The Baytown Sun from Baytown, Texas on January 13, 1961 · Page 4
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The Baytown Sun from Baytown, Texas · Page 4

Baytown, Texas
Issue Date:
Friday, January 13, 1961
Page 4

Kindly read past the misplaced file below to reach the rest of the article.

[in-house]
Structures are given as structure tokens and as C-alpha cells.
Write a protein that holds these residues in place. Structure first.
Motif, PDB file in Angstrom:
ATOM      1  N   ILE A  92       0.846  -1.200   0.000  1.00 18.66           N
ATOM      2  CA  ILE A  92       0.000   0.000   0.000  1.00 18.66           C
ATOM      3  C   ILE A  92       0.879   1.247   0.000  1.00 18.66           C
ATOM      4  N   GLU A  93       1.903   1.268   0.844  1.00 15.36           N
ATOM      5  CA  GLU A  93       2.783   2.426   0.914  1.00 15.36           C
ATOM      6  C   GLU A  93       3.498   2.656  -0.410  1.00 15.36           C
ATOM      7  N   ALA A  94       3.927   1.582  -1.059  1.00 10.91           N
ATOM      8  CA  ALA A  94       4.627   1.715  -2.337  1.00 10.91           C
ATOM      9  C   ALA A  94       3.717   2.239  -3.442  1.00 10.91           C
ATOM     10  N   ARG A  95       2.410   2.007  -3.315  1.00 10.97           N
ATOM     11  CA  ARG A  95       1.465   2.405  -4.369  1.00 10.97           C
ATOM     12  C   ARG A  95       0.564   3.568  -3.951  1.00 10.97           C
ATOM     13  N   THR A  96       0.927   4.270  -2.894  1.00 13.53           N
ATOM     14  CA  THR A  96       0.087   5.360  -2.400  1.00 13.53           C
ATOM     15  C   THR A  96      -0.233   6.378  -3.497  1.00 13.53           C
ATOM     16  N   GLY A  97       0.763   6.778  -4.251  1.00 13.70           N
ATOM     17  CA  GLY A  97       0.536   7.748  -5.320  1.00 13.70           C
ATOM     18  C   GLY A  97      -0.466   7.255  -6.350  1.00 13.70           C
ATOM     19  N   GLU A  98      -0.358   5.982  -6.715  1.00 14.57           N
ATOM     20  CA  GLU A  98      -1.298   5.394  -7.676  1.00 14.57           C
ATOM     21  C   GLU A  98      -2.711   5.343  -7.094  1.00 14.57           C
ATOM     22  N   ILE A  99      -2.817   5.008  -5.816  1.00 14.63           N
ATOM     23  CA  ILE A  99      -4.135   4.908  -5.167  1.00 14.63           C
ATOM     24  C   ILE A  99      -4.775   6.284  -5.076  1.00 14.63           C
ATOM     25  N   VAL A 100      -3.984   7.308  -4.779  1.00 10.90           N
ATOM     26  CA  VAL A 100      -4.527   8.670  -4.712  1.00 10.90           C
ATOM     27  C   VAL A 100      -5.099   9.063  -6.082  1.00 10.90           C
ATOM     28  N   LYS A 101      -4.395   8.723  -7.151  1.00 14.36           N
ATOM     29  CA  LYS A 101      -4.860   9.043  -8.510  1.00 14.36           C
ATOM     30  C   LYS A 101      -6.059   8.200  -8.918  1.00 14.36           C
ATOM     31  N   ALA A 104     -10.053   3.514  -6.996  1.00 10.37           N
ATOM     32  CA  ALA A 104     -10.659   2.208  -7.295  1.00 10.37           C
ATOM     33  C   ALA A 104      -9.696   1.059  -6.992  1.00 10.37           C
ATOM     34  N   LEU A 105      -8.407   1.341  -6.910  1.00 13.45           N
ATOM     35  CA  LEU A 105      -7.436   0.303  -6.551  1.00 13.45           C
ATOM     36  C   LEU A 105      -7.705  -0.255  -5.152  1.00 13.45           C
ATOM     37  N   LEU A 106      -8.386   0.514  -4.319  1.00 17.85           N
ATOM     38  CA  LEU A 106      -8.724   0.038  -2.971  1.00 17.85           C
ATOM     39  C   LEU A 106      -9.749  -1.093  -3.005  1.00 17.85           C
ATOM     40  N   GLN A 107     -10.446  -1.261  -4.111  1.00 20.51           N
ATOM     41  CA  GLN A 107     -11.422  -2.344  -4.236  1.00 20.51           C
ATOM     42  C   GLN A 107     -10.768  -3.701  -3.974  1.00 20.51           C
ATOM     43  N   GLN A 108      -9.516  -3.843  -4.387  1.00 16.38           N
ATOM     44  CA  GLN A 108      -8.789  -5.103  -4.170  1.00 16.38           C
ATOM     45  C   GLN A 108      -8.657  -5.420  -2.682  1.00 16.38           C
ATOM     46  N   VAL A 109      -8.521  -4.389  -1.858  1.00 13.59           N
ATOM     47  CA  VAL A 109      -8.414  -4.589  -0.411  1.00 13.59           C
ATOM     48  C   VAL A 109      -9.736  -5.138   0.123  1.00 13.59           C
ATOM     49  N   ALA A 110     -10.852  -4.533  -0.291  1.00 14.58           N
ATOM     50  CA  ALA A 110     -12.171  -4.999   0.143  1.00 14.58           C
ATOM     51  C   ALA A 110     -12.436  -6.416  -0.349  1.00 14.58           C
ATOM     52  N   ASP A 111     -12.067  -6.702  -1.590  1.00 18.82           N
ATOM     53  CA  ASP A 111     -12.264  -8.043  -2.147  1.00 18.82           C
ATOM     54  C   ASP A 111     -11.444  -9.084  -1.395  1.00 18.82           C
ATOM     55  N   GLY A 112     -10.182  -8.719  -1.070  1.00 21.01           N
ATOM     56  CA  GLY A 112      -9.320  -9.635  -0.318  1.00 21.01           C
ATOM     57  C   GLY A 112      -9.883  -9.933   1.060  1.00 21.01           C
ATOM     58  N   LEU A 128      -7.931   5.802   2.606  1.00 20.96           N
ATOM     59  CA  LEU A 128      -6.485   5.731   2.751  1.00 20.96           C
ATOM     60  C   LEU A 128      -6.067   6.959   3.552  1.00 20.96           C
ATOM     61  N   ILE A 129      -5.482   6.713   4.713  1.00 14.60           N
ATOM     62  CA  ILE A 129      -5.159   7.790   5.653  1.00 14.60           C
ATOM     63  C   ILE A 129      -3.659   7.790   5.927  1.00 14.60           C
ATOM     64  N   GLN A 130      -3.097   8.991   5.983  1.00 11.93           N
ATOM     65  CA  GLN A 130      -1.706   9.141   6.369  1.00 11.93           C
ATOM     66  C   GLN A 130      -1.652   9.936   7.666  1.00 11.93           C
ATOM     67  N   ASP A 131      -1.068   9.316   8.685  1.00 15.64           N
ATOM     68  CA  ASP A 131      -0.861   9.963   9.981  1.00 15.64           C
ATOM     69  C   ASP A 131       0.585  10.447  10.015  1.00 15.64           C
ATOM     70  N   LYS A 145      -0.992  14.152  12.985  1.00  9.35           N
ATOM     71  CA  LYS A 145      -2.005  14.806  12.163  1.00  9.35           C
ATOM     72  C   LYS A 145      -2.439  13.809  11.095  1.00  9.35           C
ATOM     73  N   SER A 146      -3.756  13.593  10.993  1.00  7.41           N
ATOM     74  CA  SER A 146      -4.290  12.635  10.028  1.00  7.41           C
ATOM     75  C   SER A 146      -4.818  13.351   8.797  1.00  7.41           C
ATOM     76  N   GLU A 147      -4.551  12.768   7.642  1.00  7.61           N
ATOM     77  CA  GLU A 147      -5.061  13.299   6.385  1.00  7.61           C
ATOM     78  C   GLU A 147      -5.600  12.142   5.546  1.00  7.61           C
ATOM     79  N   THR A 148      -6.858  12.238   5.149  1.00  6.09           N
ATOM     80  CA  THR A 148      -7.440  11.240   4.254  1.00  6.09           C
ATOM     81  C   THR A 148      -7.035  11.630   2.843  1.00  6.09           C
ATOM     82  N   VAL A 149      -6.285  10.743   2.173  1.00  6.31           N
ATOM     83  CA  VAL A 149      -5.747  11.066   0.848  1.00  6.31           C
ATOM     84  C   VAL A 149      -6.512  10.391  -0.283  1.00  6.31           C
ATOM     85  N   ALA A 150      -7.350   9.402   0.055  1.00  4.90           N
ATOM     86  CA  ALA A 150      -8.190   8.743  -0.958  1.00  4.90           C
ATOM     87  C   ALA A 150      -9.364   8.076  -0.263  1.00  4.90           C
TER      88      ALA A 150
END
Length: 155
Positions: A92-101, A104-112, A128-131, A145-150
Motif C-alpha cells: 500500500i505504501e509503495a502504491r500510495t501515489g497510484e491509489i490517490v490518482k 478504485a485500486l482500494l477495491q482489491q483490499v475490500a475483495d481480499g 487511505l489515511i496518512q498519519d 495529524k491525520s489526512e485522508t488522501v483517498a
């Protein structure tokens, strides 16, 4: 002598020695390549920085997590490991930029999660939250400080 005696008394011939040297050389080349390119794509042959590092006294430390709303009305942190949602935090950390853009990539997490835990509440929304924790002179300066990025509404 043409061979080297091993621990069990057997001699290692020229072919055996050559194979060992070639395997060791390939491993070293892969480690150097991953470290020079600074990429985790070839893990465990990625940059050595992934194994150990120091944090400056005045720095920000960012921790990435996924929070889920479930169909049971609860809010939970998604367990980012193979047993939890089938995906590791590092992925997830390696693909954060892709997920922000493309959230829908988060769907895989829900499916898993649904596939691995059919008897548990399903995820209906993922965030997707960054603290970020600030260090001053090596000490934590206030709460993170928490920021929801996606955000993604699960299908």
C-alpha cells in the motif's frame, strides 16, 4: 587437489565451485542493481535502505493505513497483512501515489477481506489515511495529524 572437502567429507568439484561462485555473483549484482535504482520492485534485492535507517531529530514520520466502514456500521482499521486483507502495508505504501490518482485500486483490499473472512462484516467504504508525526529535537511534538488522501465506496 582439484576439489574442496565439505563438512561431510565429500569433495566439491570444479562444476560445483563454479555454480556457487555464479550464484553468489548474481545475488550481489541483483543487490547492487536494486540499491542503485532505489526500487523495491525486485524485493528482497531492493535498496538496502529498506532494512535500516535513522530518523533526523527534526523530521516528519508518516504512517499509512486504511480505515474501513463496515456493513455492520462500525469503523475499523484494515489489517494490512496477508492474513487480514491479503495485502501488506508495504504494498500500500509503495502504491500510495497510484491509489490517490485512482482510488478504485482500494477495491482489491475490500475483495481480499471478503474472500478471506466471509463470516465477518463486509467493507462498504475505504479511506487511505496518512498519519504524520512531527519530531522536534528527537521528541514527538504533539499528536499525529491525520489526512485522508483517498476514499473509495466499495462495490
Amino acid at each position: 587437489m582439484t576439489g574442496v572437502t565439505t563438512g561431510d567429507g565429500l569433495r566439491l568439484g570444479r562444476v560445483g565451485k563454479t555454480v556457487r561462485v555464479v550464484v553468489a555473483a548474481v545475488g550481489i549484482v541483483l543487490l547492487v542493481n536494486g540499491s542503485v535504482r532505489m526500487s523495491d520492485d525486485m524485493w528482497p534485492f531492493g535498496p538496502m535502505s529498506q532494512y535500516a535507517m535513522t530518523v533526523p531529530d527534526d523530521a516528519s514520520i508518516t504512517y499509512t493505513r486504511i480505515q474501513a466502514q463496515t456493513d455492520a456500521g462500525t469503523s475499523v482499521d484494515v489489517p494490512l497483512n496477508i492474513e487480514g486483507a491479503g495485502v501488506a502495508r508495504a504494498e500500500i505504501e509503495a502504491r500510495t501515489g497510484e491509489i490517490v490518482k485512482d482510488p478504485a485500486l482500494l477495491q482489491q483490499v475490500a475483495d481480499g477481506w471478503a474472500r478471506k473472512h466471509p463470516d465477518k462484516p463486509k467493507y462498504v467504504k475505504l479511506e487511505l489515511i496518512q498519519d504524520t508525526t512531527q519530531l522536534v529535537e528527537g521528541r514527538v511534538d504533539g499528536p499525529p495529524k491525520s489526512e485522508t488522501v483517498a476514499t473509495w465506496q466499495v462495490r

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r-riday. January ivbl Even Though It Is Wet» Gardeners Urged To Plant Trees Now By MOLLY BOWERS Although many Baytonians may be disgruntled with all the wet weather we have been having lately, there is one consolation- it'* a great time to plant trees! But quite a bit of planning j should precede this horticultural activity. In fact, design is of the utmost importance when land- Reaping your home. A scaled drawing of your lawn and house should include the existing landscape of all particulars to be retained. On this diagram, the potential gardener should torsi inark off suitable areas for the larger shade trees. • Then, when adequate space for their development lias been allotted, smaller flowering recs should be drawn off. Area for shrubs should be specified next with perennial and annual flowers shaded in last on the scale. ... When selecting the type of '.Woody plants for your lot, their '..tull-grown size should be consid- '<• ered as well as blooming time and 'bloom color. PUT Ti I.VTO PRACTICE .. Up until this point, all the work has been on paper. Next step is to buy the trees and them in their respe Young trees may be purchased in three forms — balled iii burlap, bare-rooted or in containers. Today, most bare-rooted trees are kept in containers. Those working with plants for s'the first time would be wise to " buy trees in containers which can be set out year-round. However January and February are the best times for Baytonians to set out shade trees. Some that may be planted between now and March are chinaberry, dogwood, hawthorn, Chinese holly, magnolia, mimosa, redbud. suggests that the watering and packing be done at the same time. emerges from the container or burlap. Otherwise, some of its While filling up the soil around i oxygen supply will be cut off. the plant, never bury the young i Bare-rooted stock is planted tree below the point at which it I exactly the same way except the PLANTERS IOX January Guide For Planting fertilizer is omitted. In fact, such plants should be allowed one year j to establish themselves before be- SEEDS Alyssum, bluebonnet, calendula (In flats), candytuft, cornflower, forget-me-not, four o'clock, larkspur, drummood phlox, petunia (Hats or open ground), Shirley poppy, qucenslace. pinks (flats or open ground. bhiA ««!- wwi to piani j via and early or late sweet peas. c-ctive areas. T'iLAXTS Alyssam, bloebonnet. caledu- la. candytuft, cornflower, forget- me - not, English, Michaelmas and Shasta daisies, delphinium, honeysuckle. larkspur, four o'clock, drummond. Louisiana and perennial phlox, pinks, roses, shrimp plant, petunia, via, stock, paiwy and on. BULBS, TUBERS Agapanthus, amaryllis. canna, call*, gladiolus, ranunculus, lily of the v&Ifey. dayllly, marica (miking Iris), tulip. Butch hyacinth, and bulbous and Louisiana irin. VEGETABLES Beets, celery, remain*, lettuce, cress, lettuce, mustard, onion, parsley, English peas, radish, spinach and turnips. tuliptree and willow. January is • the last month for yaupon. Hote for the new purchase ', should be twice the size of the ; container or ball of soil around ' the roots. After digging the hole, .pur in a few inches of gravel, some light dirt such as sand, aad some organic matter of peat moss, '; leaf mold and (old, not new) barn; yard f ertilizer. Commercial fertilizers with a . count of 5-10-10 and trace elements of two and one half is recommended for use in Baytown when planting young trees. ; Counts in this soil preparation - represent the percentage of var- kws • elements such as nitrogen and phosphorus, all of which contribute to .the growth of trees. • The trace elements may be explained in layman terms as the plant's "salt and pepper." After mixing the gravel, sand, and organic matter, the preparation should be watered down well even in wet weather. Pack the soil down firmly. One tree expert from this area Fourth Graders In Charge Of PTA Meeting Devotional Fourth graders at Lynchburg Elementary School were in charge of the devotional Tuesday night at the Parent Teacher Association meeting. Taking part were Tim Urban, Sandra Lewis, Nicky Novak. Wayne Sadik, Reggie Nalley, Roddy Maxwell, Ronnie Felps, Don Henrichson, Patricia Sammons, Paul Gentry, Dennis Simmons, Reid Sammons and Cynthia SchmadL E. J. Chamblee, Civil Defense chairman for the Lynchburg area, showed a film on the CD subject and outlined the route residents would follow during a CD drill. Pamphlets were also distributed. C. E. Wight. Dew Park sshool board member, was introduced. Mrs. M. A. Currie announced that stockings and gifts left from the PTA Christmas party had been given to the Child Care "enter, Goodfellows and a needy !amily. Mrs. Robert Macke, d?~irman of the Mothers March d Dimes asked volunteers to prepare for this year's march from 5 to 6 p.m. Jan. 31. Attendance prize went to the fourth grade room. Homemade pies, cookies and punch were served by Mrs, Wayne Sanders, Mrs. Macke, Mrs. Don Novak and Mr. and Mrs, Walter SoRelle. National Music Contest Plans Are Announced THW Combines Party, Election Of New Officers _ Members of the THW Club combined their election meeting with a tacky party Monday night in the home of Mrs. Bill Clanton, 100 Morrell. New officers o the group are Mrs. Homan Reed, president; Mrs. Lloyd Sanders, vice president; Mrs. Clanton, secretary; Mrs. Gene Envin, treasurer: and Mrs. M. H. Sheppard, historian and reporter. Mrs - Sheppard, out-going presi- mt. »- ^ v^ , • . i - , The National Federation of Mu-jdent, was presented a pin. sic etabs; Young Artist and Stu- 1 mer the busint?ss meei - ng A New 1 ye»r-<»M is David Ota We*UtcnipXNi. : MM of Mr. Mtf Mrs. Roger Weatherspoca, XL7 Morrell. Grandparent* are Mr. and Mrs. P. L. Weatherapnm of Baytowtt and Mr. and Mr». i. D. 'McDonald of San Angcio. Great grandparents we Mr. and Mrs. 3. M. Westherspoon of Ark.. Mr*. Velma Scott at Sbepfcerti aid Mrs. Addle 1 Bradham of Htffitsvilk;. I dent "Auditions will be held for Texas applicants on March 4. in the "New Recital Hall at North Texas State College in Denton. The deadline for entrv is Feb. llth. Young Artist Auditions are open to artists ready for a national concert career in five classifications, piano, violin, man's voice, woman's voice and chamber music. Awards of Jl.OOO cash to finalists in each classification will be given, or as an alternate Ibis amount may be applied toward a debut recital In New York Town Hall. Competition finals will be held in April, and winners will be heard in recital during the 3lJt Biennial Convention of the National Federation of Music dubs at Kansas Oty April 13-26. Thirty-seven awards and scholarships are offered in the Student Auditions to young musicians between the ages of 16 and 25. Bulletins giving complete rules and requirements may be secured from the state chairman, Mrs. Stuard A. Walker, 6729 Ravendale Lane, Dallas 14. 3218 10-20 Thw delightful Jumper, styled Ww « cmt drew, would be equally muirt in one of the nw high rtMttni or in a winter pastel. No. 321* <ww* in fin* JO. 12. H, 16, Si*» 14 Utei 4'4 yard* of fttwic for the jumper, 2^4 ymvh of SHncf) for •» Mouse. Xhr In luMi flw wto pAt- te IRK LAim. <O*g.<* The *^^Wf * l^fH JHI^9i i. N.Y. M4 He tar tot trnt Dusty Rhodes was surprised with a baby shower. The hostess served the 11 members present Mexican dishes, pie and coffee. The next meeting will be at 7 p.m. Feb. 13 in the home of Mrs. Sheppard, 2304 Maryland. FUTURE FERTILIZATION After the first initial fertiliza tion, young trees should not be fed again for one year. At that lime tlie diameter of the trunk 12 to 15 inches above the ground determines the number of pounds to use. For example, a three inch diameter trunk at that point—or the caliber, as it is called in horticulture groups—means that three pounds of fertilizer should be used. February is an excellent time to perform this annual task, although a light fertilization may be in order in the fall. The process employed by most gardeners required the drilling of holes about IS inches deep around the plant with a torch, forming several perforated rings. Small amounts of fertilizer with a 13-1313 or 12-24-12 count should be used. Easfside Church Groups Select Circle Names Two circles of Eastside Baptist Chapel Women's Missionary Society selected names at a "Tuesday meeting. Those assembled in the home of Mrs. Charles Coull decided to call their group the Doren Hawkins Circle. Doren Hawkins, a missionary in Brazil, is the sister of Mrs. jonnie Chism, a circle member. Mary Lee was the name selected by women meeting withj Mrs. W. K. Robbins. Working inj Nigeria with her husband. Mary Lee Legg is a personal friend of| Mrs. Bobby Phillips, a circle: member. Both groups elected officers and: leard royal service programs on "Facing Alcohol Problems." Mrs. Jack Curry and Mrs. Robbins are co-chairmen of Mary Lee Circle. Mrs. Curry is also social chairman. Other officers are Mrs. Sobby Phillips, mission study; Mrs. A. Gibbon, secretary-treasurer; Mrs. Bert Van Natter, programs; Mrs. Robert Richardson, prayer. Mrs. A. H. Thompson, stewardship; Mrs. Rodney Cole, community missions and publicity; area Mrs. Alfred Parker, Girls Auxi'li- say counselor; and Mrs. Trudie th r oster, Sunbeam counselor. Mrs. Robbins was in charge of the program and devotional. She vill host the next srssion at 9:30 a.m. Jan. 16 in her homo. 501 W. • Gulf, for community missions stu-! dy. Daren Hawkins Circle members leard a similar topic presented by Mrs. H. S. Smith. Directors of this group are Mrs. toy Buckingham and Mrs. Charles "bull, co-chairman. Mrs. Bucking- am is also mission study chair- nan. Other officers are Mrs. Blue Beathard, secretary - treasurer md publications; Mrs. M. E. .hoden, socials and publicity: Mrs. ^reddy Hudman, stewardship. Mrs. Buckingham's home, 1107 Jacqueline Kennedy Is Preparing For New Role With Three Helpers WASHINGTON (AP) — Jac-jSim-o slip iloos not have a news tjueline Kennedy is getting ready'or public relations background for her White Houso role with two i She is i-xprctod to work closely secretaries and a public relations I'lndc;- !hc direction of Salinger. aide. i" ~ ~ ~" ~' ' But, she';: going to get into it! slowly, giving herself plenty of H _ _- I time to recover from the caesaiv-l DO OK an birth Nov. 25 of her second child. John F. Kennedy Jr. The word came from nor Palm Beach resort resting place . _ . today that Mrs. K e n n e d y \A rc |-1 11* h Ck Ck plans to take part only in the IVII 3* I UI UtJt? main festivities of her husband's i iCIub Elects inauguration. Mrs. Jack Furbee was elected MEASURING WOOD for a custom built -frame h M. H. Shelion, Baytown resident. He and his wife will discuss picture framing with Baytown Art League at 1 p.m. Monday in this Community House. The public may attend. Sheltons Will Explain Art Of Picture Framing Mr. and Mrs. M. H. Shelton will explain the skill of picture framing to members of Baytown Art League at 7 p.m. Monday in the Community House. The public may attend. ! Shelton. a Baytown resident and' Humble Oil and Refining Co. em-1 ploye. took up the hobby of pic-' ture framing in 1949. Since then, it has grown into a part-time business and is one of very few cus-, torn frame shops in the Bay-Tex! tomers, from successfully framed pictures and from literature on decoration art," he revealed ception Jan. IS for distinguished inesday morning in the directors' adies. About 4,500 guests are ex- j room of First National Bank. pected for the reception in the j Out-going president is Mrs. J. National Gallery of Art. j L . Franklin. But, the announcement serves Serving with Mrs. Furbee and notice that Mrs. Kennedy won't be, Mrs Bonnor will bo Mrs R M . at any of numerous unofficial;Bright, secretary; Mrs. Buck celebrations Washington big-wigsj Turner, treasurer": and Mrs, H. E. are planning. ;Brunson, reporter and librarian. The future first lady. 31, has i Mrs. J. L. Franklin, Mrs. J. N. been engaged in a. quiet planning chatfield and Mrs. H. M. Single- operation. Shortly after Jan. 1, | ton will serve on the book se- bhe called in her former part-time i lection eomrnittv with j\.!r-;. secretary. Mrs. Rayr.jcisri Gal-j franklin as chairman, lagher, a mother of two who lives | At the Jan 25 meeting in the in nearby Alexandria, Va. (bank. Mrs. Furbee will" review At Palm Beach, the two have "The Final Diagnosis," by Arthur been working on correspondence Hailey. and other chores. ! —~ Meanwhile, in Washington, Mrs. Kennedy's social secretary, former schoolgirl friend Letiiia Ba!- drige, went to work in preparation for the White House moving day. The latest addition to Mrs. Kennedy's personal Pamela Turnure, entourage is 23, who will help with public relations, A former secretary in Kennedy's Seate office, she has been added to the White House staff of News Secretary Pierre Salinger. Mrs. Kennedy thus will have as her aides three women who have been close to the Kennedy official family long before the presidential election. Miss Turnure's appointment 'Sharing My Saviour' Is Parker Circle Subject Mrs. Dwight D. Eiscnhuwer had no similar aidf. Her press relations were hiiiidlrd either by her social .secretary, Mary Jane Me- Caffree, or by Pivsklontia) News Secretary James C. Hagerly. The youngest of the trio of Mrs, Keunwly's .staff. Miss 'Ainniri? worked in the Belgian embassy here before she joined the Kennedy staff in 1957. Social Secretary "Tish" Baldrige, daughter of a former Republican congressman, has lots of diplomatic training. She worked for Clare Boothe Luce when she was ambassador 10 Rome, and also learned the ropes in international society from Mrs. David Bruce, wife of the former ambassador to France. Mrs. Gallagher, wife of an in- suranee agent, hay been working for Mrs. Kennedy on a part-time basis for the past four years. It looks as though her chores may now. She says like a member run into fulltimc she's come to fee' of the family and considers Mrs. Kennedy the "ideal boss." The wife of the vice president- elect, Mrs. Lyndon B. Johnson, is getting ready for her new role, too. She's selected one of her close younger friends, Bess Clements Abell, wife of a Washington lawyer, to be her personal secretary. Mrs. Abell is the daughter of former Kentucky Son. Earle Clements. came as something of a surprise, gram. "Sharing My Savior With Col-, lege Students" was the subject of discussion Wednesday when Eu-' nice Park Circle. Memorial Baptist Church, in the home of Mrs. M. D. Rose. 406 Francis. Mrs. Bruce Beaugh was in charge of the lesson. Helping her were Mrs. Paul John, Mrs. Rose, Mrs. M. L. Bishop, and Mrs. G. R. Bloodgood. ! Mrs. John will host the circle in > her home, 203 Live Oak, at 101 a.m. Feb. 1 for a missionary pro-; VENETIAN BLINDS RETAPED ONI.Y $2^0 MALLCRY VENETIAN BLIND SHOP 605 Gresham JTJ 2-6381 Shelton builds frames either to specifications or to of the picture. the ."My knowledge of framing has been acquired from ideas of cus- Moral Behavior Is Discussed At Alamo PTA Meet Alamo Parent Teacher Association heard a program on "Moral Behavior-What Is It?" Tuesday afternoon at the school. Mrs". James Davis, guest speaker, was in charge. She listed four points to coasider when discussing moral behavior— Baby Birthday Picture Rules The Sun's policy on the print. Ing o£ birthday pictures Is thus: 1. Professional photographs in blaek and white tones must be In the office at least six days before the birthday. 2. Pictures are accepted for each birthday celebrant through MX years of age. :\. There Is no charge for (he Iirinttns; of birthday pictures. •I. We cannot guarantee publication of the picture on the oxart birth date, but it is published on that date when possible. 5. We do not guarantee return of tho picture, although in most ir..«tanccs It Is returned. Headers may contact the women's department of The Sun if there urp any questions concerning the pictures. SUN'S HEIRPORT CRAWFORD Mr. and Mrs. James E. Crawford Jr., 201 Riverside in Highlands, report the birth of a son, James David, Jan. 10 in Gulf Coast Hospital. He weighed 7 pounds, 15 ounces. Grandparents are Mr. and Mrs. J. E. Crawford Sr. of Highlands, Grady Taylor of Beaumont and Mrs. Georgia Lunday of Austin. Mrs. May- Banks of Highlands and Mrs. Candace Crawford of Longview are great grandmothers. HURON Mr. and Mrs. Donnie Huron, 206 W. Jack, announce the birth of a son, Donald Reed. Jan. 5 in Gulf Coast Hospital. He weighed 7 pounds, 11 ounces. Grandparents are Mr. and Mrs. E. C. Huron and Mr. and Mrs. Reed Foster, all of Baytown. Mrs. Myrta Foster of Cleveland is great grandmother. Donnie has one sister, Diarme. REED Mr. and Mrs. J. J. Reed of Highlands announce the arrival | of a daughter, Cherie Elizabeth, i born at San Jatinto hospital, Jan. 4. She weighed 6 pounds. 13 i ounces. She has a sister, Ginger, | age 8, and a brother, age four, j j Mrs. Reed is the former Miss ' I Marie Hendrix of Channelview. 9:30 a.m. Jan. 16 session. i faith. Sheridan, will be scene for the!character, strength, creativity and ^MTS. CrOW ^Vlll Teach Mission Study Course at the church. Opti-Mrs. To Give Money Opti-Mrs. will donate 525 to Bay- Mrs. C. N. Crow of Deer Park a guest. Mrs. E. L. Frazier's first grade room won the attendance award., Next meeting will be postponed' w iTl teach the mission study book. from \ alentme s Day to 2:la p.m.; "The Dreamer Cometh" from 9:30 a.m. to 12:30 p.m. Feb. 28 at Central Baptist Church to members of Women's Missionary Society. Write c /o Camper Fidelis Class Meets town Opportunity School and 525 MRS. A. R. PADGETT, 6920 Bayway Drive, was hostess to the to St. James House. Money given to St. James House ! Fidelis Class of Wooster Baptist will bo used to buy supplies for Church Tuesday night for a busi- the beauty shop there. Members have also decided to help in the shop at night. Both of these contributions were ness meeting and for a devotional presented by Mrs. George Farrell, The event was discussed at a general session recently at the church. Mrs. Donnie Hullum was in charge of the topic, "Indians of the Southwest." Assisting her were Mrs. C. V. Lawhon, Mrs. L. V. Lawhon, Miss j teacher of the class. Mrs. Fer- Barbara Neal. Mrs. L. T. Dicker- met in Parks Cafe. roll's topic was "The Importances voted on Tuesday when the group of Your Hands." Seven members attended. | son. Mrs. E. C. Rhoden, Mrs. Henry Ward and Mrs. C. V. Powell. Lunch was served. But don't expect a very prompt answer;, there's no telling where a Volkswagen Camper is likely to be. Mountains today, lakes tomorrow. Next week, who knows? People who own Campers fold their tents and quietly steal oway . . , wardrobe, 2 tables, 23-gallon water tank, curtains, lights, striped awnings and all. The Camper sleeps two large people and two small people, (A large skylight opens for ventilation and star-gazing.) At your option: cupboard (with ice box), portable chemical toilet, 2-burner stove. Basic cos!; just $2974 The cost of running a Camper is equally astonishing. You may decide never to come home. If and when you do, your Volkswagen Camper will happily seflle down and be the family station wagon. Come see how it feels to live in a Camper,it's a moving experience. TEXAS MOTOR IMPORTS 606 E. TEXAS AVE. JU 3-4071 Here's smart d5stinction in a dress softened with jlitlle pleats at the hipjine. No. 3237 comes in sizes 12'^, 14%, |16H J»'-4, 20'4. Size 16>i takes j 3% yanfo of 44-inch fabric with 3% yards of 4-inch fabric with \\b yard 35-inch contrasting fabric. i Send 35c ir coins for this pat- item to IRIS LANE, (Care of The jBdytww Sun), Box 1490, N«w jYortt 1. N.Y. Add lOc for e»di for first - claw mailing. Piano Students Of Mrs. Tharp To Have Recital Mrs. Velma F. Tharp will present her piano students in a recital from 1:30 to 3:30 p.m. Sunday at the Community House. j Appearing on the program will I be Lacy Doran, Angela Wunsch, I Wanda Davis, Jarce Reed, Kathy jLuker, Carol I-ang, Lynette Fau- jbton, Debbie Wilkinson, Mike Han- icock, John Peard and Mart Wil- IJtinson. | Also, Kurt Pullcn. Walter Earl Bissex, Angela Shirey. Becky Bailey, Susan Stewart, Jonny Lou Parker, Beverly Peard, Donna I Reed, Janot Cezeaux, Marigale ; Feel and Linda Henry. Lynn Hart, Angie Bond, Janie Dtwees, Jmlyn MaJone and Willie Sherrel] Hooper. The program will be open to the public. Mrs. Tharp will present another [group of students in a recital on r*k » ii tbc Commuaffcr Mourn NEW 1960 EASY WASHERS With EXCLUSIVE LIFETIME WARRANTY Only Washer Without Belts, FuKeys, Noisy Solenoids AS LOW AS Wk. 4 Ingredients Your Washer Must Have 1. SPIRAL F&TER 2. SPIRALATOR 3. VELVAPOWER TRANSMISSION 4. LIFETIME WARRANTY *Ufttime Warranty Certificate Given With Each EASY Washer i WILKENFELD FURNITURE CO. "'" & E. TEXAS AVE. JU 2-1744